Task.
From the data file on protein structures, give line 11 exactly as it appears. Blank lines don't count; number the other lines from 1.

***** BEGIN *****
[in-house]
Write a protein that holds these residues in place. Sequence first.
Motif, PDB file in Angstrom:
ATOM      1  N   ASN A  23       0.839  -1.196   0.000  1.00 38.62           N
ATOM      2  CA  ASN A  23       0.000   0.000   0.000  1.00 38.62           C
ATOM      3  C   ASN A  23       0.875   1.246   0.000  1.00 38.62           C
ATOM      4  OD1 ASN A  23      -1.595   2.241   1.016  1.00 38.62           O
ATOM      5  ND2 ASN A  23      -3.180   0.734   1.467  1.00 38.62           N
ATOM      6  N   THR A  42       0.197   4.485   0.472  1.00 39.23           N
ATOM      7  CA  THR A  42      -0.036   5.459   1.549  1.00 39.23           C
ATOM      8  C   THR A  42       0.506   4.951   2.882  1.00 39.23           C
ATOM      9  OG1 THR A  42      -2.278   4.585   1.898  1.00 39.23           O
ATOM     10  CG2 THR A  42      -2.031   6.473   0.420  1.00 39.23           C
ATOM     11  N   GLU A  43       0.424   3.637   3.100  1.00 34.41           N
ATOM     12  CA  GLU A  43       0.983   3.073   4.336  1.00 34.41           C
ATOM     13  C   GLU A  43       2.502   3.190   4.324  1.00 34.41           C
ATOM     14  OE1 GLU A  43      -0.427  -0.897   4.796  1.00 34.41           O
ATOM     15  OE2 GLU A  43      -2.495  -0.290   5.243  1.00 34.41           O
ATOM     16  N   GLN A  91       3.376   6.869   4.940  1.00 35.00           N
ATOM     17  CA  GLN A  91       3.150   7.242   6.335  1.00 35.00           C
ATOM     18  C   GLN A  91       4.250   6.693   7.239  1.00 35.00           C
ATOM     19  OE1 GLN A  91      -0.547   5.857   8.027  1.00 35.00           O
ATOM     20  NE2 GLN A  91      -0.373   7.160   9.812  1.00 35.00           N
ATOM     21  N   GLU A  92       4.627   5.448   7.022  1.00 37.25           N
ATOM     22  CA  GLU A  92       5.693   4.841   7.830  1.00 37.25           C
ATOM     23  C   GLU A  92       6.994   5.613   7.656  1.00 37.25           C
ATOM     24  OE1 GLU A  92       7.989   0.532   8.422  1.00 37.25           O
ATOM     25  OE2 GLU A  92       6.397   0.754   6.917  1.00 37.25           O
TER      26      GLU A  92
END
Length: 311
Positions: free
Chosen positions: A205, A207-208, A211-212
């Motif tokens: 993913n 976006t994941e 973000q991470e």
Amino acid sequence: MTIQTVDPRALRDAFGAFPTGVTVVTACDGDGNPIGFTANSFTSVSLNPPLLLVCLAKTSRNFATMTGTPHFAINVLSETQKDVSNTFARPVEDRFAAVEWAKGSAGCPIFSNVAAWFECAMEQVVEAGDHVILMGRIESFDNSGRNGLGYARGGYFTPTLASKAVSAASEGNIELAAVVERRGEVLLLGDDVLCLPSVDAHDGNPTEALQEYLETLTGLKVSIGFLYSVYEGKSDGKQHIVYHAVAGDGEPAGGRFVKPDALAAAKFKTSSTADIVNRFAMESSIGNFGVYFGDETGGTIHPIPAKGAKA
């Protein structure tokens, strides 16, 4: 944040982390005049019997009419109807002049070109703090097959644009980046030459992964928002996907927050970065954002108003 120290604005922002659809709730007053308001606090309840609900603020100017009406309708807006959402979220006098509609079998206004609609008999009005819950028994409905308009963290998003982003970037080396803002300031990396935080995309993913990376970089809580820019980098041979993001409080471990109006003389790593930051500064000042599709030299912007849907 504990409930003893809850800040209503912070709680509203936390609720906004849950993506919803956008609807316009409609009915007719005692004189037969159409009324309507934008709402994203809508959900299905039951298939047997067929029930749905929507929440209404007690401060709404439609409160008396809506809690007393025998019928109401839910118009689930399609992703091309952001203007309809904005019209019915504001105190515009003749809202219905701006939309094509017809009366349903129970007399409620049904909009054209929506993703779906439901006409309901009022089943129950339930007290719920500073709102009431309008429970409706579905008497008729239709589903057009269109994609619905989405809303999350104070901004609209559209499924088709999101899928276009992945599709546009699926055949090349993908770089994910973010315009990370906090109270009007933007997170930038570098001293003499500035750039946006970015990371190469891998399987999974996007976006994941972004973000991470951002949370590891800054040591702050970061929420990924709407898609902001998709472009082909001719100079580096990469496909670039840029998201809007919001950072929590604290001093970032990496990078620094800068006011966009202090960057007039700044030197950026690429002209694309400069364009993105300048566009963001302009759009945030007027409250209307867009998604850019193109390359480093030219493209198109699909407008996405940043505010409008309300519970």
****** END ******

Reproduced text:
ATOM      8  C   THR A  42       0.506   4.951   2.882  1.00 39.23           C